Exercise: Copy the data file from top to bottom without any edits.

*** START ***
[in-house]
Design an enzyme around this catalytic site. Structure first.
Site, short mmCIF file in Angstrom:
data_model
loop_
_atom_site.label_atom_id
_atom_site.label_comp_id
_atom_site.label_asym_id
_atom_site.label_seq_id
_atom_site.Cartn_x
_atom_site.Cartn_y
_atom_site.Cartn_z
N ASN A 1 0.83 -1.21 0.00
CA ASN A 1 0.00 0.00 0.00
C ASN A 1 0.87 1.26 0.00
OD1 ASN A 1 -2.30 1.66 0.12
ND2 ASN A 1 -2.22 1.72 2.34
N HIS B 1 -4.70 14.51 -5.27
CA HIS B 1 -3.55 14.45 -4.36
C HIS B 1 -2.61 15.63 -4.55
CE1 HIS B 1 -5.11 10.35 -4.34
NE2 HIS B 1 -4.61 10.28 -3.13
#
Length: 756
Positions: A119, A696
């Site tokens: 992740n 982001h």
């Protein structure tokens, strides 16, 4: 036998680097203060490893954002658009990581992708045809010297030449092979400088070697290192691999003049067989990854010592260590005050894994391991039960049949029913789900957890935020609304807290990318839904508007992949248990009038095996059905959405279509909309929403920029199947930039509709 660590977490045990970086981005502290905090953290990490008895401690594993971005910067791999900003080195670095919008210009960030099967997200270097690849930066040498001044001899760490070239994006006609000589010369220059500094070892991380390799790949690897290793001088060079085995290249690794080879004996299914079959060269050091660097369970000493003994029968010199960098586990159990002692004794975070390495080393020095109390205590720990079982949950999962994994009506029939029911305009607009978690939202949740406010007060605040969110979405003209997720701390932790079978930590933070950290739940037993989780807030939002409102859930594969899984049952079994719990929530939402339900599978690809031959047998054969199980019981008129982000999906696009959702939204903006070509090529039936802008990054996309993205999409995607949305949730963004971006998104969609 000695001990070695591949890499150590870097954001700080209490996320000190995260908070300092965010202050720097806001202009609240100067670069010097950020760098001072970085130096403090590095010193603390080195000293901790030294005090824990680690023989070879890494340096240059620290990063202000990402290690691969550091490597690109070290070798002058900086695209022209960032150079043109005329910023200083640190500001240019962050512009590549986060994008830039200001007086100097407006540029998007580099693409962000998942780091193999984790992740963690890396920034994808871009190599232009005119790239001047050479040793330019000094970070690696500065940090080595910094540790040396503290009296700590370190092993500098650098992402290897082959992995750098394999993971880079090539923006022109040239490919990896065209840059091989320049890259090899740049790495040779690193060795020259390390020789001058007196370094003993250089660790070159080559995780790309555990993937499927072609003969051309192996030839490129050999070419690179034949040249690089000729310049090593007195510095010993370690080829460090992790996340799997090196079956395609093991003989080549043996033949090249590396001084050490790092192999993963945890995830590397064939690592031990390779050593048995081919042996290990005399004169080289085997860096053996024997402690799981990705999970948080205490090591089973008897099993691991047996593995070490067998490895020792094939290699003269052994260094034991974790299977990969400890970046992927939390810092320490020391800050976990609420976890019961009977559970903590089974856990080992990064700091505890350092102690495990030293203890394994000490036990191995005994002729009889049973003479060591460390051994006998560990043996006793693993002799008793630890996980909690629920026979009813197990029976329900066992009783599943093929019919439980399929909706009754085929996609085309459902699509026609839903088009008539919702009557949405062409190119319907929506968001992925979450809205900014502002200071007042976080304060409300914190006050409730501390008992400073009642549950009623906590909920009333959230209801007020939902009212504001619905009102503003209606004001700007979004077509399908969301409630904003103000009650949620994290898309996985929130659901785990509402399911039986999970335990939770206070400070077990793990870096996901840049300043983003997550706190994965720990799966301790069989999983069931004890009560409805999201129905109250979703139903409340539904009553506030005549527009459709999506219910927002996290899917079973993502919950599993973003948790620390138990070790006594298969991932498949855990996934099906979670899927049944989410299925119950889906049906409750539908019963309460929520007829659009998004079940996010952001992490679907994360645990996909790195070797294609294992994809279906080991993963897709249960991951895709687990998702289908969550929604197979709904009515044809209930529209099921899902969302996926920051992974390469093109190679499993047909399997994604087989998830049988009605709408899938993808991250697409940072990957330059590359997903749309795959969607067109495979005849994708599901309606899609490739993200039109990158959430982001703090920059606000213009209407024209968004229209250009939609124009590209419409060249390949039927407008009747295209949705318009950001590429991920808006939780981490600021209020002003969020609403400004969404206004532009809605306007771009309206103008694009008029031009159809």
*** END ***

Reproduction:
[in-house]
Design an enzyme around this catalytic site. Structure first.
Site, short mmCIF file in Angstrom:
data_model
loop_
_atom_site.label_atom_id
_atom_site.label_comp_id
_atom_site.label_asym_id
_atom_site.label_seq_id
_atom_site.Cartn_x
_atom_site.Cartn_y
_atom_site.Cartn_z
N ASN A 1 0.83 -1.21 0.00
CA ASN A 1 0.00 0.00 0.00
C ASN A 1 0.87 1.26 0.00
OD1 ASN A 1 -2.30 1.66 0.12
ND2 ASN A 1 -2.22 1.72 2.34
N HIS B 1 -4.70 14.51 -5.27
CA HIS B 1 -3.55 14.45 -4.36
C HIS B 1 -2.61 15.63 -4.55
CE1 HIS B 1 -5.11 10.35 -4.34
NE2 HIS B 1 -4.61 10.28 -3.13
#
Length: 756
Positions: A119, A696
């Site tokens: 992740n 982001h």
């Protein structure tokens, strides 16, 4: 036998680097203060490893954002658009990581992708045809010297030449092979400088070697290192691999003049067989990854010592260590005050894994391991039960049949029913789900957890935020609304807290990318839904508007992949248990009038095996059905959405279509909309929403920029199947930039509709 660590977490045990970086981005502290905090953290990490008895401690594993971005910067791999900003080195670095919008210009960030099967997200270097690849930066040498001044001899760490070239994006006609000589010369220059500094070892991380390799790949690897290793001088060079085995290249690794080879004996299914079959060269050091660097369970000493003994029968010199960098586990159990002692004794975070390495080393020095109390205590720990079982949950999962994994009506029939029911305009607009978690939202949740406010007060605040969110979405003209997720701390932790079978930590933070950290739940037993989780807030939002409102859930594969899984049952079994719990929530939402339900599978690809031959047998054969199980019981008129982000999906696009959702939204903006070509090529039936802008990054996309993205999409995607949305949730963004971006998104969609 000695001990070695591949890499150590870097954001700080209490996320000190995260908070300092965010202050720097806001202009609240100067670069010097950020760098001072970085130096403090590095010193603390080195000293901790030294005090824990680690023989070879890494340096240059620290990063202000990402290690691969550091490597690109070290070798002058900086695209022209960032150079043109005329910023200083640190500001240019962050512009590549986060994008830039200001007086100097407006540029998007580099693409962000998942780091193999984790992740963690890396920034994808871009190599232009005119790239001047050479040793330019000094970070690696500065940090080595910094540790040396503290009296700590370190092993500098650098992402290897082959992995750098394999993971880079090539923006022109040239490919990896065209840059091989320049890259090899740049790495040779690193060795020259390390020789001058007196370094003993250089660790070159080559995780790309555990993937499927072609003969051309192996030839490129050999070419690179034949040249690089000729310049090593007195510095010993370690080829460090992790996340799997090196079956395609093991003989080549043996033949090249590396001084050490790092192999993963945890995830590397064939690592031990390779050593048995081919042996290990005399004169080289085997860096053996024997402690799981990705999970948080205490090591089973008897099993691991047996593995070490067998490895020792094939290699003269052994260094034991974790299977990969400890970046992927939390810092320490020391800050976990609420976890019961009977559970903590089974856990080992990064700091505890350092102690495990030293203890394994000490036990191995005994002729009889049973003479060591460390051994006998560990043996006793693993002799008793630890996980909690629920026979009813197990029976329900066992009783599943093929019919439980399929909706009754085929996609085309459902699509026609839903088009008539919702009557949405062409190119319907929506968001992925979450809205900014502002200071007042976080304060409300914190006050409730501390008992400073009642549950009623906590909920009333959230209801007020939902009212504001619905009102503003209606004001700007979004077509399908969301409630904003103000009650949620994290898309996985929130659901785990509402399911039986999970335990939770206070400070077990793990870096996901840049300043983003997550706190994965720990799966301790069989999983069931004890009560409805999201129905109250979703139903409340539904009553506030005549527009459709999506219910927002996290899917079973993502919950599993973003948790620390138990070790006594298969991932498949855990996934099906979670899927049944989410299925119950889906049906409750539908019963309460929520007829659009998004079940996010952001992490679907994360645990996909790195070797294609294992994809279906080991993963897709249960991951895709687990998702289908969550929604197979709904009515044809209930529209099921899902969302996926920051992974390469093109190679499993047909399997994604087989998830049988009605709408899938993808991250697409940072990957330059590359997903749309795959969607067109495979005849994708599901309606899609490739993200039109990158959430982001703090920059606000213009209407024209968004229209250009939609124009590209419409060249390949039927407008009747295209949705318009950001590429991920808006939780981490600021209020002003969020609403400004969404206004532009809605306007771009309206103008694009008029031009159809």